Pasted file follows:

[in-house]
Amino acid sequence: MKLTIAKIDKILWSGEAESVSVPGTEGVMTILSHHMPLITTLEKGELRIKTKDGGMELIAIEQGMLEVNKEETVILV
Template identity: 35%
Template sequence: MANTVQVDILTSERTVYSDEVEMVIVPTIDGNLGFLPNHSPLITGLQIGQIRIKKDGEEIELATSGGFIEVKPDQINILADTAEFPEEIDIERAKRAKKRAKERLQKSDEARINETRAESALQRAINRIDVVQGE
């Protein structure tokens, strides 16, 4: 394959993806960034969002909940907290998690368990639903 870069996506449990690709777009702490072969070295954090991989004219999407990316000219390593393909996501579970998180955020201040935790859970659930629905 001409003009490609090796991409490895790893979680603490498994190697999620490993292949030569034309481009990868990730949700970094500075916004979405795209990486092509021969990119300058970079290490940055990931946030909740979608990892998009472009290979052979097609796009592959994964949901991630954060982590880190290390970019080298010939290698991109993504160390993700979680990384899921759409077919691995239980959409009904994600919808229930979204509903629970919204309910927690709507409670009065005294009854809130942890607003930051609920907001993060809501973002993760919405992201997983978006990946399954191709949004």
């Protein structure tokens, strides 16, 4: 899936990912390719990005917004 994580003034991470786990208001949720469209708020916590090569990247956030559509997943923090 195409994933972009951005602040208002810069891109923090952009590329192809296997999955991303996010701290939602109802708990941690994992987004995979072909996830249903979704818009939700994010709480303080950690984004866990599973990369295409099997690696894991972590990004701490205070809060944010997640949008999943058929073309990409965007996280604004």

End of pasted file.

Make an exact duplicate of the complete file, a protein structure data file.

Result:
[in-house]
Amino acid sequence: MKLTIAKIDKILWSGEAESVSVPGTEGVMTILSHHMPLITTLEKGELRIKTKDGGMELIAIEQGMLEVNKEETVILV
Template identity: 35%
Template sequence: MANTVQVDILTSERTVYSDEVEMVIVPTIDGNLGFLPNHSPLITGLQIGQIRIKKDGEEIELATSGGFIEVKPDQINILADTAEFPEEIDIERAKRAKKRAKERLQKSDEARINETRAESALQRAINRIDVVQGE
């Protein structure tokens, strides 16, 4: 394959993806960034969002909940907290998690368990639903 870069996506449990690709777009702490072969070295954090991989004219999407990316000219390593393909996501579970998180955020201040935790859970659930629905 001409003009490609090796991409490895790893979680603490498994190697999620490993292949030569034309481009990868990730949700970094500075916004979405795209990486092509021969990119300058970079290490940055990931946030909740979608990892998009472009290979052979097609796009592959994964949901991630954060982590880190290390970019080298010939290698991109993504160390993700979680990384899921759409077919691995239980959409009904994600919808229930979204509903629970919204309910927690709507409670009065005294009854809130942890607003930051609920907001993060809501973002993760919405992201997983978006990946399954191709949004």
């Protein structure tokens, strides 16, 4: 899936990912390719990005917004 994580003034991470786990208001949720469209708020916590090569990247956030559509997943923090 195409994933972009951005602040208002810069891109923090952009590329192809296997999955991303996010701290939602109802708990941690994992987004995979072909996830249903979704818009939700994010709480303080950690984004866990599973990369295409099997690696894991972590990004701490205070809060944010997640949008999943058929073309990409965007996280604004």